I'm learning Scala and am a little bewildered by all the methods (higher-order functions) available on the collections. Which ones produce more results than the original collection, which ones produce less, and which are most appropriate for a given problem? Though I'm studying Scala, I think this would pertain to most modern functional languages (Clojure, Haskell) and also to Java 8 which introduces these methods on Java collections.
Specifically, right now I'm wondering about map with filter vs. fold/reduce. I was delighted that using foldRight() can yield the same result as a map(...).filter(...) with only one traversal of the underlying collection. But a friend pointed out that foldRight() may force sequential processing while map() is friendlier to being processed by multiple processors in parallel. Maybe this is why mapReduce() is so popular?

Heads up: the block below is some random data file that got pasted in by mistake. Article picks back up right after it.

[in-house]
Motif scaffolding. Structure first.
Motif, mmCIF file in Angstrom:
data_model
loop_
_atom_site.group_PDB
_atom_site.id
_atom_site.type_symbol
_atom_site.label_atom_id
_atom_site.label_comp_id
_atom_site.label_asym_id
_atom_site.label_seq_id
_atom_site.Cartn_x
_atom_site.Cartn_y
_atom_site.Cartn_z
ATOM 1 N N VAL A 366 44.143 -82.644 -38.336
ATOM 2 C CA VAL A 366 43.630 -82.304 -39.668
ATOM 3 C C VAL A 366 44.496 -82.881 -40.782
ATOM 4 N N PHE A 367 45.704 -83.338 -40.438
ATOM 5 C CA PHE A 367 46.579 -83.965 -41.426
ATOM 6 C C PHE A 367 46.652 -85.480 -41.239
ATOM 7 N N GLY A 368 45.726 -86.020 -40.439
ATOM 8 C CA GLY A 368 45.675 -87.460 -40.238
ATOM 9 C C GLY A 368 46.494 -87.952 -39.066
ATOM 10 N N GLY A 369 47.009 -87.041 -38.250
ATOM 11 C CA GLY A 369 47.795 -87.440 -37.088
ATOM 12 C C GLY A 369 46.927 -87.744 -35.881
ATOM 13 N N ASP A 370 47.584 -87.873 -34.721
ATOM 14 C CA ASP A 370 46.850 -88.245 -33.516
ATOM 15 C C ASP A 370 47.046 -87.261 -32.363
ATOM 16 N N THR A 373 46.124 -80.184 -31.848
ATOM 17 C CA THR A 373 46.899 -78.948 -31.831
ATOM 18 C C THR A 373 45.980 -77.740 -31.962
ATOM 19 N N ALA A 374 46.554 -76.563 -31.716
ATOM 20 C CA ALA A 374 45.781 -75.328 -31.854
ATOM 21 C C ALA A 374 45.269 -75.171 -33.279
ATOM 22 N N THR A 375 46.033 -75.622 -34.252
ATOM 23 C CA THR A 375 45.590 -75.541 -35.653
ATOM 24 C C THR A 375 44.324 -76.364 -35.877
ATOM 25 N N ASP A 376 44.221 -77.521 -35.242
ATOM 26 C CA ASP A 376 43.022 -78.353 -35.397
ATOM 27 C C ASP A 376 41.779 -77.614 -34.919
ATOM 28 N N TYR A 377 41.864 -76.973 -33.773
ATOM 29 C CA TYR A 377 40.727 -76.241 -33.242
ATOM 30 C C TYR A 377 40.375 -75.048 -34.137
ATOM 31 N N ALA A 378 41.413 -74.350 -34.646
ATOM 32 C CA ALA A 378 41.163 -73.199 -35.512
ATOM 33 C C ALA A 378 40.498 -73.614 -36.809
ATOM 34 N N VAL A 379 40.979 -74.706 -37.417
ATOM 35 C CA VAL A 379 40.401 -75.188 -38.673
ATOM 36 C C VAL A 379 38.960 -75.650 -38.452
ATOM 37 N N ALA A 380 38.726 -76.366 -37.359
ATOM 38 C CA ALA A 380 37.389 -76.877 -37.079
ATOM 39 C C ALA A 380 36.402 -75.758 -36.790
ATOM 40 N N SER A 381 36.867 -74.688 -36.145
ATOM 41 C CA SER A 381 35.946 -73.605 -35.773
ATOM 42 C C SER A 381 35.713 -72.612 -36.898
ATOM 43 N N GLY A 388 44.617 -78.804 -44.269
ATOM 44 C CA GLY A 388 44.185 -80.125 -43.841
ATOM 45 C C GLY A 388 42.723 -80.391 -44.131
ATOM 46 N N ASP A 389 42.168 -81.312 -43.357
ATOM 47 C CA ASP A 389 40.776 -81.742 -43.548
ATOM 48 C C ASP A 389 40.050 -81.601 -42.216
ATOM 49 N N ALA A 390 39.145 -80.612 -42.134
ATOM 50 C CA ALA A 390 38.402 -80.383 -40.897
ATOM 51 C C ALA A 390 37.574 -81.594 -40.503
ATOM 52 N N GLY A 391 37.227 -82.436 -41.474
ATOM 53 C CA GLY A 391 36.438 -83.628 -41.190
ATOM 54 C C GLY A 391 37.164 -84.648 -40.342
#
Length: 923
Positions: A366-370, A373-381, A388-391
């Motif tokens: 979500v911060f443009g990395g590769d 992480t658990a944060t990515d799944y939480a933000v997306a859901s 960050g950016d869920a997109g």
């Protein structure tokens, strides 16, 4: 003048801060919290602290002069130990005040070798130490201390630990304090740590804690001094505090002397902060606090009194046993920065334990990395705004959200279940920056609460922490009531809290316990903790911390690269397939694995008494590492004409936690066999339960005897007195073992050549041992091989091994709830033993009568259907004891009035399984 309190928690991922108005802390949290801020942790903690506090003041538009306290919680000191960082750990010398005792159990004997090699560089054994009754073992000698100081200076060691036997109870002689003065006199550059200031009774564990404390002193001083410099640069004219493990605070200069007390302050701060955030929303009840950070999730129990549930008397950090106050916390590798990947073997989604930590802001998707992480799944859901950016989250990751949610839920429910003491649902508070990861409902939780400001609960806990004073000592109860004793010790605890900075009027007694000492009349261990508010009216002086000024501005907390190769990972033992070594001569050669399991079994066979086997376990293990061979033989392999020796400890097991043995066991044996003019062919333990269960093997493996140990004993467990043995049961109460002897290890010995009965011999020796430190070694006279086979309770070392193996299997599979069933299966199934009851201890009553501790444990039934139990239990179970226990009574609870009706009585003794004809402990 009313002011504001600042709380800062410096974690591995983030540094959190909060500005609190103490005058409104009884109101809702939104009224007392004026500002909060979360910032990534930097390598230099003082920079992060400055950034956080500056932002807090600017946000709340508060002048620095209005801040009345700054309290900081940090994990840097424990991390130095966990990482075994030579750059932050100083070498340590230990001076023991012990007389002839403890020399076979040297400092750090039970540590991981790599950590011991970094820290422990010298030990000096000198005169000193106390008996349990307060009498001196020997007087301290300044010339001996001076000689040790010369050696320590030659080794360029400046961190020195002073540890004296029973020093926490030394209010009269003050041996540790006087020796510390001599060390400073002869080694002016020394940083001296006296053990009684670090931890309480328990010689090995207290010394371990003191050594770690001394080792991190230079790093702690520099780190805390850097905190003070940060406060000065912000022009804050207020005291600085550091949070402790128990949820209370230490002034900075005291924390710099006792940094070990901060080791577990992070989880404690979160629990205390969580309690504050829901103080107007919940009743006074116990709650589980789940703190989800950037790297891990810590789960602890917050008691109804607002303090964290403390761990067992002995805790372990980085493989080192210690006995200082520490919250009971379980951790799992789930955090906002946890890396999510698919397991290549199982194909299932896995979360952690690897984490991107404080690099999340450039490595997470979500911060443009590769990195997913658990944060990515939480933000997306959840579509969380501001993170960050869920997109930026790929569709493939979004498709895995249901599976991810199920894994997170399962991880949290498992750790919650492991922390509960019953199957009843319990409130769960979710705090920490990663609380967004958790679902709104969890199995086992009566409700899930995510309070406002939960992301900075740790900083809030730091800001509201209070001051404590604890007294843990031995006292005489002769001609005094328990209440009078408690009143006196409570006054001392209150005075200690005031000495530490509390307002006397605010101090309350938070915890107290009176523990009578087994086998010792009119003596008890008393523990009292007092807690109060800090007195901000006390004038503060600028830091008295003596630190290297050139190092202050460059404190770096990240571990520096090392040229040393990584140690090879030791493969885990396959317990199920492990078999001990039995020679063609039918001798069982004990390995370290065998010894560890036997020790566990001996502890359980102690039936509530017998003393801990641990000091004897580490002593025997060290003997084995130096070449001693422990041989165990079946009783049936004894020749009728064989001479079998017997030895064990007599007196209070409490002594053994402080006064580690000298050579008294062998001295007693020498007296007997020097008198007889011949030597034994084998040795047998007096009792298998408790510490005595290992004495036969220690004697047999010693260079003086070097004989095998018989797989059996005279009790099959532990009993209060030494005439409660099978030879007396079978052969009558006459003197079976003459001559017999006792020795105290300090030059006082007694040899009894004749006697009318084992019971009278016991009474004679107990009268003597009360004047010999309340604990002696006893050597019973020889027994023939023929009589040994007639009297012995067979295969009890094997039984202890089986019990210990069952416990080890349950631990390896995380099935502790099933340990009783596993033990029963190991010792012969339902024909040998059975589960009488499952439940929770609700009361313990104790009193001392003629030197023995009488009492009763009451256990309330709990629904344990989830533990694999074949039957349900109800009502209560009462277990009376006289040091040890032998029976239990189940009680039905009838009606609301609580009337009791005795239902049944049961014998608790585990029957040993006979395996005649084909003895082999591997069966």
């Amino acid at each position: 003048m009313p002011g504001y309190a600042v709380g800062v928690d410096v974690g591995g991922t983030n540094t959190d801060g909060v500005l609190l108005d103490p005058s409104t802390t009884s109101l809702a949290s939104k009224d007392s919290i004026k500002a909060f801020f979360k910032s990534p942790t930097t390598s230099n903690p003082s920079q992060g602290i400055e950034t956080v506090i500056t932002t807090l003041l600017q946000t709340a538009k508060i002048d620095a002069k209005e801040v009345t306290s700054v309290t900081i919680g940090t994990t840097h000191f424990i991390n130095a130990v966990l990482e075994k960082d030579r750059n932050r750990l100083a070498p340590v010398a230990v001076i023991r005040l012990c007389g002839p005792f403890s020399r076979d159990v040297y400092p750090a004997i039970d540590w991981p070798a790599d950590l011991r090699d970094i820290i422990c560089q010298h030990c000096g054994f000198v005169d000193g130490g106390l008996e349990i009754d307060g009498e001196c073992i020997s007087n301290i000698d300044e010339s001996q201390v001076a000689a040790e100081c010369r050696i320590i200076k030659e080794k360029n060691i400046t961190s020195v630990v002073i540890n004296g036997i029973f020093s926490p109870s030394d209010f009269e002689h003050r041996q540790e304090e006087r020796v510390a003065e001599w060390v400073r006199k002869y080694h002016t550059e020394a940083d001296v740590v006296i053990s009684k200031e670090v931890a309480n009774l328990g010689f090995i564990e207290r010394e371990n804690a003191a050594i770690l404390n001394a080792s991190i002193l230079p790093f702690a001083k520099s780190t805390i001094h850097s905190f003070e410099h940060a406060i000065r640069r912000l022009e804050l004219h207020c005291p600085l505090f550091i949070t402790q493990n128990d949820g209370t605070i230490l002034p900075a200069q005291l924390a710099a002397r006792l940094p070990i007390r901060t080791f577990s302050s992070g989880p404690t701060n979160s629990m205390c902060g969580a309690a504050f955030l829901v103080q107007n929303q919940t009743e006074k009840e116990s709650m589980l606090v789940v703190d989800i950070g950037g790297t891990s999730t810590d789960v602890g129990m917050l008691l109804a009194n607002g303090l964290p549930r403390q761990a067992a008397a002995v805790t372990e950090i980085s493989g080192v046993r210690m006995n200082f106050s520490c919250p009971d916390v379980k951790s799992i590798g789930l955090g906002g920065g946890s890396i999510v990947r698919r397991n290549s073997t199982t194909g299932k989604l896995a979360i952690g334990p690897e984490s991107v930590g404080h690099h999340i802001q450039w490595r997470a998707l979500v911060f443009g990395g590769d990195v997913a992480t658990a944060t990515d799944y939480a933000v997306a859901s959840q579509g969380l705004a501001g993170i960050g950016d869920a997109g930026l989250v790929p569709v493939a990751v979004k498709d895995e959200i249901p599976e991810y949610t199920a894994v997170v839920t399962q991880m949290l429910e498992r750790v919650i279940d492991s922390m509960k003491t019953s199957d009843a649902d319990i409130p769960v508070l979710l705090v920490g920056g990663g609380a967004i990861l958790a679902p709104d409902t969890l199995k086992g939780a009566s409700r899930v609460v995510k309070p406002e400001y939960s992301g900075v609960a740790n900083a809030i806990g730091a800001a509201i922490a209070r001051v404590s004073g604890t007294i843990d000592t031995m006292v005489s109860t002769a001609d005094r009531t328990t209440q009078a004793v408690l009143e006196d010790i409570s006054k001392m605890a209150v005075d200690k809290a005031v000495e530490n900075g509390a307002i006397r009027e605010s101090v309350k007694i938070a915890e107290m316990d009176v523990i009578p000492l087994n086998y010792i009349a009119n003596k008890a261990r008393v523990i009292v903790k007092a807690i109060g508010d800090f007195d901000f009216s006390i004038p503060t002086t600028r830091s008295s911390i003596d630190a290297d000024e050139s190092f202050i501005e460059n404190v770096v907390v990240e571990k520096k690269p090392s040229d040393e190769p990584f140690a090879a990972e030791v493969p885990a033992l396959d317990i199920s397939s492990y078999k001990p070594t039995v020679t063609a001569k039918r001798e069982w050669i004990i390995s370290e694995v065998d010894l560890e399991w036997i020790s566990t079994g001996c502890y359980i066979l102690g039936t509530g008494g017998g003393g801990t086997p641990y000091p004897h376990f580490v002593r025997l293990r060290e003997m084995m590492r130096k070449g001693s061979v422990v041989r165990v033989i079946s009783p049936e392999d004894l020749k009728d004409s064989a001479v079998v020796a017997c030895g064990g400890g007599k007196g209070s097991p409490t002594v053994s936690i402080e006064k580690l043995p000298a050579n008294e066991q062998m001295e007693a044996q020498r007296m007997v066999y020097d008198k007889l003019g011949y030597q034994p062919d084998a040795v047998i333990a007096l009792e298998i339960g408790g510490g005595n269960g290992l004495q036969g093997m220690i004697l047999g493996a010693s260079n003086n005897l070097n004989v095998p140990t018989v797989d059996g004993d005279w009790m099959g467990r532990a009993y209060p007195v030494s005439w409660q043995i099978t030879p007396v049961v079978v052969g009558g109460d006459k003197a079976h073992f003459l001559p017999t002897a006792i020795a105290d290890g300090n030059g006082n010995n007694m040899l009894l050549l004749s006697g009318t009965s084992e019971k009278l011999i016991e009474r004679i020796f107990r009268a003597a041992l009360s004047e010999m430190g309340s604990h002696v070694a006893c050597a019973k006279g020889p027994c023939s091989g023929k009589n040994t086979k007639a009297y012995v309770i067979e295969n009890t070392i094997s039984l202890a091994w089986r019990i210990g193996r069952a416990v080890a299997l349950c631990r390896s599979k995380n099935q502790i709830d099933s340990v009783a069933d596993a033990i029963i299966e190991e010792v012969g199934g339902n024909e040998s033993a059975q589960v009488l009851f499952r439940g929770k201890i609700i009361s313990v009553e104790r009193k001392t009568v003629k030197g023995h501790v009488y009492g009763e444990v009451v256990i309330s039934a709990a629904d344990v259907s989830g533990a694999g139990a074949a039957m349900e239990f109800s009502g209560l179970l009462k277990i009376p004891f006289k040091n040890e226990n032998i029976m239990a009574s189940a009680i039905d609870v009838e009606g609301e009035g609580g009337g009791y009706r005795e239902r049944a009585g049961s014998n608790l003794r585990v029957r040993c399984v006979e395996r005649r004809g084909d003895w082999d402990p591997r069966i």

More generally, I'm still sometimes surprised when I chain several of these methods together to get back a List(List()) or to pass a List(List()) and get back just a List(). For instance, when would I use:
collection.map(a => a.map(b => ...))
collection.map(a => ...).map(b => ...)
The for/yield command does nothing to help this confusion. Am I asking about the difference between a "fold" and "unfold" operation?
Am I trying to jam too many questions into one? I think there may be an underlying concept that, if I understood it, might answer all these questions, or at least tie the answers together.